The Great Resignation has produced employee exits in multiple industries as we’ve never seen before in our history. Specific industries have been impacted more than others, and the hospitality sector leads the pack among exiting employees.
Many of these exits can be blamed on the layoffs that happened during lockdowns because of travel restrictions. Another is the need for vaccines among many businesses – the resignations result from employee pushback.
Multiple employees decided to switch industries and upskill because of the uncertainty associated with the hospitality industry. To put it simply, people need more stability, and the volatile tourism industry, while experiencing recent surges, is anything but reliable.
The age with the highest amount of exiting employees is that of the Millenials. Employees between the ages of 30 and 45 experienced the highest turnover, while this honor usually belongs to the demographic between the ages of 20 and 25.
The Impact of Losing This Demographic
Why is this age group leaving in such high numbers? According to data, 21 percent of millennials have reported changing jobs within the last year. They show even less initiative to remain at their current positions.
What’s the reason for such high exit numbers? This is especially detrimental for the hospitality industry, as some of the most vital employees among corporations fall into this age group.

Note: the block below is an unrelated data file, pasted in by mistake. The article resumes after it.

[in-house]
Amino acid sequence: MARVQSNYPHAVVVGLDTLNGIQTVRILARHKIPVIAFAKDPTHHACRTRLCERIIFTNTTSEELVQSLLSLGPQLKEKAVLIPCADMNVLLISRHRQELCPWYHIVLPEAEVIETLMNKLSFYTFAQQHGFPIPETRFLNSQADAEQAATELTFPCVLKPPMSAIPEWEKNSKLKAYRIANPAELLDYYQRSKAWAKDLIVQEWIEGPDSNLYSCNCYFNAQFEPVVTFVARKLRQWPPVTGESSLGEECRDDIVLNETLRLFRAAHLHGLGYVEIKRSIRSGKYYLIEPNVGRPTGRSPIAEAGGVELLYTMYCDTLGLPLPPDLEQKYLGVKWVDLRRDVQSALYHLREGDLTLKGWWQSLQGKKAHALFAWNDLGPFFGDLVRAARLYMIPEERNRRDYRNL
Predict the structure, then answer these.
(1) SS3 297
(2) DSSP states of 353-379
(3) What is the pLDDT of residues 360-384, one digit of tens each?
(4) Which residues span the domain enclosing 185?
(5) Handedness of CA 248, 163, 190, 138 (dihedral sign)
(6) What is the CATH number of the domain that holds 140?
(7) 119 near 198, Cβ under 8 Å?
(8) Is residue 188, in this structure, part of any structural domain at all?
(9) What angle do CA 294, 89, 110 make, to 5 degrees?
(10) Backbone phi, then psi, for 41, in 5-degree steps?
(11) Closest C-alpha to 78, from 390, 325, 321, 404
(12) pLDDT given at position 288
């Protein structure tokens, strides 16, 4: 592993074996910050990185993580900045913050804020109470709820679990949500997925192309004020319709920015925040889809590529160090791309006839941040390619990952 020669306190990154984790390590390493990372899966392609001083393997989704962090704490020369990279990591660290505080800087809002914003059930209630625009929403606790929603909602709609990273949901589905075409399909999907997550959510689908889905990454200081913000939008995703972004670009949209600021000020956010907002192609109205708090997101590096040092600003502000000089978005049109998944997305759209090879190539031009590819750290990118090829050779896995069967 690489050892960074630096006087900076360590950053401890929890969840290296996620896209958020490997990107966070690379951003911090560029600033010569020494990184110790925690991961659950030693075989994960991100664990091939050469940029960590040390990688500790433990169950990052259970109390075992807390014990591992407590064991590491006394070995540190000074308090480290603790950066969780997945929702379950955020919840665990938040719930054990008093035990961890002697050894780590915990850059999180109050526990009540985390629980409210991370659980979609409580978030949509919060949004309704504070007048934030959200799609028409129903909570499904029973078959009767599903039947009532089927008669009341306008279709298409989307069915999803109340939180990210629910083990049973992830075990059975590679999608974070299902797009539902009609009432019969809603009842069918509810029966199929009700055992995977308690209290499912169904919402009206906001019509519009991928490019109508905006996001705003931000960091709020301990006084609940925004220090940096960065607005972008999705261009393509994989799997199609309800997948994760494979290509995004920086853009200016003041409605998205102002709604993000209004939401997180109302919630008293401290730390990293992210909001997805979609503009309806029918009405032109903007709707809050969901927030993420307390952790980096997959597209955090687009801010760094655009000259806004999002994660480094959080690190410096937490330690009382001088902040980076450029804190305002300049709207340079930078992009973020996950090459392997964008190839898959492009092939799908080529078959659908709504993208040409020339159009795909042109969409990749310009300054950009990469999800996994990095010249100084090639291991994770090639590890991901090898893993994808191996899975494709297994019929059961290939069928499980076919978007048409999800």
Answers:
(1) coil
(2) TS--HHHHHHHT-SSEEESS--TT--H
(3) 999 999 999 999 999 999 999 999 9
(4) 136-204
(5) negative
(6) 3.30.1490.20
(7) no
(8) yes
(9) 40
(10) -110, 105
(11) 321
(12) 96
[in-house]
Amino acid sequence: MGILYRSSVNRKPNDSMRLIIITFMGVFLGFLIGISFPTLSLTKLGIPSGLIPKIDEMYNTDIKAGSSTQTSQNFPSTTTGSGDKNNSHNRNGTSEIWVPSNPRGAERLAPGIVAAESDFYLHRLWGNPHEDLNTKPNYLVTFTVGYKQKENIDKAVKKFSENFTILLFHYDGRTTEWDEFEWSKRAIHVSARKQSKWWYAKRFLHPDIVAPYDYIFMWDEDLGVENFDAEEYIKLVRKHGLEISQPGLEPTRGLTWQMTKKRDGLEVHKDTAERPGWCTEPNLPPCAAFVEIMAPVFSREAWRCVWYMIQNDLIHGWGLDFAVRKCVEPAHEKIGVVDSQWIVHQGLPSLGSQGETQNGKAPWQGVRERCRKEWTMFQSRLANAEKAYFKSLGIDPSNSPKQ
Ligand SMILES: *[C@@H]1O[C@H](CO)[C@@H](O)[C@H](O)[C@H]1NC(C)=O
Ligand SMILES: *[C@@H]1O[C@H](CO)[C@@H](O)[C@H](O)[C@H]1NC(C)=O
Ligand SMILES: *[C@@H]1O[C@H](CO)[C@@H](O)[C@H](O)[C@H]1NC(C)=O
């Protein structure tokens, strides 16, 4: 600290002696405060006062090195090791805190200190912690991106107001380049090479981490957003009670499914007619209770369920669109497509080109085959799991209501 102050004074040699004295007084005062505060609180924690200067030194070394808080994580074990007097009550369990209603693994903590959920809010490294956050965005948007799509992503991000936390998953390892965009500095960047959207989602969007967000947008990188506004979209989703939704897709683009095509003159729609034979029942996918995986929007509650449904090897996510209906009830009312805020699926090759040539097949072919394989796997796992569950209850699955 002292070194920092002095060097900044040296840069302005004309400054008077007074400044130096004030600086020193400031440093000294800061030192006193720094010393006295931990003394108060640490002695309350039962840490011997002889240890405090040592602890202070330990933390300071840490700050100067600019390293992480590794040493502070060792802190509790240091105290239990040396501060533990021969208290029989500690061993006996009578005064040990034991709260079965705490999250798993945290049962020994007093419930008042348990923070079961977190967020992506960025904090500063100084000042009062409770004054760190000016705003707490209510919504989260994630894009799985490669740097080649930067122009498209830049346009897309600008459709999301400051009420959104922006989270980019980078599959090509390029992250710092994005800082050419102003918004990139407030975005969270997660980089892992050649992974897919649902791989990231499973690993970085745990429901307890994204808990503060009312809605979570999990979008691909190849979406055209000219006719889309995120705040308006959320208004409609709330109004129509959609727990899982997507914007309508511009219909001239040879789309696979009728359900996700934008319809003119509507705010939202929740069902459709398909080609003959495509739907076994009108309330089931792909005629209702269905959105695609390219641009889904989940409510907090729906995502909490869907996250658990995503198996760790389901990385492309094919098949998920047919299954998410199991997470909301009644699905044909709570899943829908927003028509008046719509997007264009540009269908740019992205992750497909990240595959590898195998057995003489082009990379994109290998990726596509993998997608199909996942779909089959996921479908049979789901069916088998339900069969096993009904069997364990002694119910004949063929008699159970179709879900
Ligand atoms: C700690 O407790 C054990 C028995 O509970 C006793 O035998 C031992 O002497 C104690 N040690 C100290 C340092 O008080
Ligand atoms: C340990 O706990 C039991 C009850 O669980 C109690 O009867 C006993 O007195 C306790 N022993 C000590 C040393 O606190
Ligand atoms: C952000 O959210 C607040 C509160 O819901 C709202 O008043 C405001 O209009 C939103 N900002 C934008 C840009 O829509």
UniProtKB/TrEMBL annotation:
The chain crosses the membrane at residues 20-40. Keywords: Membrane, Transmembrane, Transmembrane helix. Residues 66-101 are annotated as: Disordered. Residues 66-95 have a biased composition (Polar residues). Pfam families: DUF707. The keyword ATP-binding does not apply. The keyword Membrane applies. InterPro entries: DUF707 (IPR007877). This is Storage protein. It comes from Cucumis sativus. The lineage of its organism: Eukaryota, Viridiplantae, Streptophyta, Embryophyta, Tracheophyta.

To put it simply, millennials demand relevant, meaningful, and challenging work with high pay and a sense of satisfaction. In the hospitality industry, the retention rates are higher among the older demographics.
Millennials aren’t afraid to speak their minds, and they certainly don’t hesitate to talk about the truth about employers on social media platforms. If they feel there’s a negative balance between work and personal life, you’ll hear about it.
Additionally, low compensation levels have also led millennials to leave in droves.
They’re seeking managers who challenge them but care about their well-being and the quality of the work environment. Co-worker collaboration is critical to them as well – they crave a healthy corporate culture and a certain level of pride in their organization. Personal development is high on the list, as training and education opportunities mean a lot to this age group.
The significant impact of losing high numbers of employees is damaging enough. However, in the hospitality industry, the millennial demographic contains most key players. We’re talking about managers, sales directors, sales managers, financial planners, and plenty of other vital positions in the daily hospitality grind.
Losing employees in these types of positions leads to the following challenges:
- A lack of leadership can end up leading to a lack of direction in any given location experiencing these losses
- A lack of an efficient hiring manager
- This age group also makes up a large part of the food and beverage team. This industry was already suffering along with the hotel sector. The two combined have seen disastrous results.
So what can be done to stop the bleeding for hotel owners? Are any of these employees able to be retained?
Hopes of Retaining
Are there any hopes of retaining some of these employees? Naturally, you’re not going to be able to keep them all, regardless of the age group.
However, what you can do is increase the health of your work environment. Start making it a point to listen to your team members.